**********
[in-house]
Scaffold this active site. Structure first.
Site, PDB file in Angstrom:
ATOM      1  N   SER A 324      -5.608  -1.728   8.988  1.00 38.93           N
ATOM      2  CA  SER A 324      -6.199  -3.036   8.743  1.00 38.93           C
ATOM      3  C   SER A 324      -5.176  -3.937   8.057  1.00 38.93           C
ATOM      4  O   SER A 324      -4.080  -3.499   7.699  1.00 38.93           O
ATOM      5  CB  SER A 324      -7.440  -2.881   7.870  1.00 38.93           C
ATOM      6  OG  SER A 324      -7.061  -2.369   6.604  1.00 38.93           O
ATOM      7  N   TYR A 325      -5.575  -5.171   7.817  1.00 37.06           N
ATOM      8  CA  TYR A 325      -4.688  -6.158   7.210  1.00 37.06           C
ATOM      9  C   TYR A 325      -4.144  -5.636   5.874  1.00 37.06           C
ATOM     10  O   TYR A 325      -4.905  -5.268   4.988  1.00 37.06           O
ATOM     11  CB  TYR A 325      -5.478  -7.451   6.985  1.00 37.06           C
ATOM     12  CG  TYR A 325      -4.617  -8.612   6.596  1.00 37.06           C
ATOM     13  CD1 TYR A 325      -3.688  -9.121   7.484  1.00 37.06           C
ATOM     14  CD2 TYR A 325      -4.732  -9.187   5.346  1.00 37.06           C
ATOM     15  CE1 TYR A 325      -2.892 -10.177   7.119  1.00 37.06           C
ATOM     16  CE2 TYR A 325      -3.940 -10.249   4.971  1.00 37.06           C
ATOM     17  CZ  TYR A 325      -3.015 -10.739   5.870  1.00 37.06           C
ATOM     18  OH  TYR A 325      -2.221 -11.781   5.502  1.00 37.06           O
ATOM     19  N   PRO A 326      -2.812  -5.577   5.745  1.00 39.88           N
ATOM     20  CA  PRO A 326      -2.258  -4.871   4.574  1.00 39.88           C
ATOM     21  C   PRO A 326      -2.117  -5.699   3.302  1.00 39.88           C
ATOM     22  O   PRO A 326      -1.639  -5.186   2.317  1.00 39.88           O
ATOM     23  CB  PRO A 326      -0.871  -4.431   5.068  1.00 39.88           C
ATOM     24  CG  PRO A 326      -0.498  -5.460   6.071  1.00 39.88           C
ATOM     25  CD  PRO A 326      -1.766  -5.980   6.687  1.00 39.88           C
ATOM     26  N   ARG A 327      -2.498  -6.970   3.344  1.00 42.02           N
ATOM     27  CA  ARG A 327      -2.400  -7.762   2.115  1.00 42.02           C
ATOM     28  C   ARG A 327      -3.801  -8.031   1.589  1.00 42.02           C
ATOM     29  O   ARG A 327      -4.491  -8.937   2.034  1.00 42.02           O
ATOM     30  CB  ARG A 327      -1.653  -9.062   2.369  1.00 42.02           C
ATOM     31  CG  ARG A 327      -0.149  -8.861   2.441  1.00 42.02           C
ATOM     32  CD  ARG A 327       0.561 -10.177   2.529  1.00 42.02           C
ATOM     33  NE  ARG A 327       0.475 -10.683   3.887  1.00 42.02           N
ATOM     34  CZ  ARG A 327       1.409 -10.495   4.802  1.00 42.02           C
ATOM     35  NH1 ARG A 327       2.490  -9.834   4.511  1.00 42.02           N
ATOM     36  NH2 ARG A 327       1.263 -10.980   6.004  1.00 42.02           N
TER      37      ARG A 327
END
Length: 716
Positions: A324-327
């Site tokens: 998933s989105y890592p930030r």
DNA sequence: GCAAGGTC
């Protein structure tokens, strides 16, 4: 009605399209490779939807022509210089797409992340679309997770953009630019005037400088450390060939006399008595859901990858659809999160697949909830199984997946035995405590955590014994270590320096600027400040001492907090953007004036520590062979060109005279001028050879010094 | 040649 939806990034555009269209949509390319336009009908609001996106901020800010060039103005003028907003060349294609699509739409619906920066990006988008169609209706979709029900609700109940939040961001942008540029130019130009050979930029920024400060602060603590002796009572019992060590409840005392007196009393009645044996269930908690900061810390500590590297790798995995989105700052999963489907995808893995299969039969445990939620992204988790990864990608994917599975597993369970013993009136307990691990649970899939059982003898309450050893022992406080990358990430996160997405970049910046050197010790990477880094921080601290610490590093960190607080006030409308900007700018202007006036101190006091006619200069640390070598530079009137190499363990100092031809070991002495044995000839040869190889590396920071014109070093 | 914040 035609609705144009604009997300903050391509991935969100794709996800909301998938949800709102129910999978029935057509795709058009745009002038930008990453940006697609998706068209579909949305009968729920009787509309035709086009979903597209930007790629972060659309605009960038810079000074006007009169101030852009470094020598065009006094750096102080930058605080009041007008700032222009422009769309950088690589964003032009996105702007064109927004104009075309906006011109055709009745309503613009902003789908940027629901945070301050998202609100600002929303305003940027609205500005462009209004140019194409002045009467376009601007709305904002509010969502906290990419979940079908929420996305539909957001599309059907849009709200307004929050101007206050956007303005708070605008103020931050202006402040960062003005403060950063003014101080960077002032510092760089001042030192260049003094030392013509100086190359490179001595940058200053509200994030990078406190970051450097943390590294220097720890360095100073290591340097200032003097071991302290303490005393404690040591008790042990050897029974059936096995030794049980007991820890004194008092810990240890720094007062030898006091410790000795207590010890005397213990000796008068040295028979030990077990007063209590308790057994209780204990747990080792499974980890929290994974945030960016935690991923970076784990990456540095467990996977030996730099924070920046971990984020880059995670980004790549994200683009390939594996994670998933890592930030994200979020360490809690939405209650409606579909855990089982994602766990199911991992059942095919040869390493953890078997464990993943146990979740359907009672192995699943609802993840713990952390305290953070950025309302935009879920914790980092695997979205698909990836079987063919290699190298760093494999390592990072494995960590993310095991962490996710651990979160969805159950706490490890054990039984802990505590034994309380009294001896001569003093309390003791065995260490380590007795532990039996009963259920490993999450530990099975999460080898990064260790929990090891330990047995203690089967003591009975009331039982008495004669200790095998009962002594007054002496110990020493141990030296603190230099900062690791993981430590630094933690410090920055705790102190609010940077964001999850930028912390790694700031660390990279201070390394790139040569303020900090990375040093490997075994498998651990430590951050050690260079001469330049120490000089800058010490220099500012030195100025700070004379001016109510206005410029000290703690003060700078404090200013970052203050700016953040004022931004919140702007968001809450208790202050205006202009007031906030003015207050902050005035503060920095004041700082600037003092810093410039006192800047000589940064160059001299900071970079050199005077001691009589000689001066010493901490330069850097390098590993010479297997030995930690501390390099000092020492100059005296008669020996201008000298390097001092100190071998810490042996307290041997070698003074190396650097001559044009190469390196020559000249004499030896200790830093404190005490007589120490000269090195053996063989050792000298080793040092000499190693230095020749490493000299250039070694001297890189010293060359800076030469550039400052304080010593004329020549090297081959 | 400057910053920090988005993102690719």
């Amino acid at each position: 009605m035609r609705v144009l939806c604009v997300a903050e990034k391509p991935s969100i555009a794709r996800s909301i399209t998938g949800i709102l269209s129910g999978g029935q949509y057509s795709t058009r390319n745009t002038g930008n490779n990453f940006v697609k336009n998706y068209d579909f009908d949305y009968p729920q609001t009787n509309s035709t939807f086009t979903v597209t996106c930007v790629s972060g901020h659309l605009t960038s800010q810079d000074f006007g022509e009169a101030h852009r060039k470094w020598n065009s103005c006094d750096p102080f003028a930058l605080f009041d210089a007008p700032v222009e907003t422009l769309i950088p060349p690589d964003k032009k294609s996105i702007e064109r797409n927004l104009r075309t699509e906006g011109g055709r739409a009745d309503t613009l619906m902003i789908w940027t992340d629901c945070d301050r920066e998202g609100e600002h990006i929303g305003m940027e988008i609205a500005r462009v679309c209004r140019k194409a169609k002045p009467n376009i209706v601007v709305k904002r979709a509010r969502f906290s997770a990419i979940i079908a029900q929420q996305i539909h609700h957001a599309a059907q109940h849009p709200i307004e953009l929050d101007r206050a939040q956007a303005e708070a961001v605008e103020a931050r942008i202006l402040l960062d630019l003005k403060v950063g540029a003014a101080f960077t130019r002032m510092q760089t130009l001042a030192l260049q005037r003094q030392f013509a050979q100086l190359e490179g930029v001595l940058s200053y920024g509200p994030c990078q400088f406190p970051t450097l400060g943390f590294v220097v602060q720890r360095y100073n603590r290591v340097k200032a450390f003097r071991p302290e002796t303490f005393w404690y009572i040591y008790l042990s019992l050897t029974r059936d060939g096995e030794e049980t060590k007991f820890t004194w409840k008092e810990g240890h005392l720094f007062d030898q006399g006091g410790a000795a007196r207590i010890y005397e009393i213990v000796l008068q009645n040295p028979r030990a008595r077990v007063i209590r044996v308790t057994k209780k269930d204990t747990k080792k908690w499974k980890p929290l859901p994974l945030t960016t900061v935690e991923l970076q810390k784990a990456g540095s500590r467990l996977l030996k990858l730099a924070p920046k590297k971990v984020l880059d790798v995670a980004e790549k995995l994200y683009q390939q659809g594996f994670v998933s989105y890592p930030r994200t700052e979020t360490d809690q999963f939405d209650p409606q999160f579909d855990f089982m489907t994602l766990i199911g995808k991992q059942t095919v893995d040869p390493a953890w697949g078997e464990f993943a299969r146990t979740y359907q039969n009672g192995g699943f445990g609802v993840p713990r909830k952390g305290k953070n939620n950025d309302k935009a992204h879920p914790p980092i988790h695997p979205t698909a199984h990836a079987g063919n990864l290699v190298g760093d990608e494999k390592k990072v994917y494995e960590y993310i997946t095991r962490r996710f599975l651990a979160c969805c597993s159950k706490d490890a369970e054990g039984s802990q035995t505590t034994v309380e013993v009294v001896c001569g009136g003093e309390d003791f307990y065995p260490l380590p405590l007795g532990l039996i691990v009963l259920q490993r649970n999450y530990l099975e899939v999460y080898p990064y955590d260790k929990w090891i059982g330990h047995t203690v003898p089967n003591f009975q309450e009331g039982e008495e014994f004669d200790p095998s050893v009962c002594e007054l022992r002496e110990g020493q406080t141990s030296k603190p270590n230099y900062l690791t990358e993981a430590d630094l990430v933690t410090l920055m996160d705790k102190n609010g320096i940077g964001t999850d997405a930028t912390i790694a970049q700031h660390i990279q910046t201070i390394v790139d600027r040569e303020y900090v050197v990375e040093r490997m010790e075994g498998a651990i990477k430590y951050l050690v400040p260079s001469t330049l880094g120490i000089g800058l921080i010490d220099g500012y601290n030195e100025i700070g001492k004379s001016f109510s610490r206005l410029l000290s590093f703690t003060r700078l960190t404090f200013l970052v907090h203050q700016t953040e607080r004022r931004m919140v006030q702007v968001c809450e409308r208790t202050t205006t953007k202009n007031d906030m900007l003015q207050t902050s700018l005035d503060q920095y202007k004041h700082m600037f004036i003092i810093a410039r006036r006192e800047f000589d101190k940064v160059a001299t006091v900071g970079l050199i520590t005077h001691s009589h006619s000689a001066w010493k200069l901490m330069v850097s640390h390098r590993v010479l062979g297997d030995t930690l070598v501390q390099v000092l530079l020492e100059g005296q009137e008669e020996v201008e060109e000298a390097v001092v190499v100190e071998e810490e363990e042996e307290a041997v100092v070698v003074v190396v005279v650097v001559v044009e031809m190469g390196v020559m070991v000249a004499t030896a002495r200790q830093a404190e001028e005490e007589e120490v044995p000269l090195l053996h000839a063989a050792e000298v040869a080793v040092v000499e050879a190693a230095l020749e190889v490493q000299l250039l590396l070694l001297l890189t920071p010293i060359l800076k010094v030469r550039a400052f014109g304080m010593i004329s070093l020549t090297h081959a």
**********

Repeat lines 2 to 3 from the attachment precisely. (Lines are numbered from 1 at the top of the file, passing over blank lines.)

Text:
Scaffold this active site. Structure first.
Site, PDB file in Angstrom: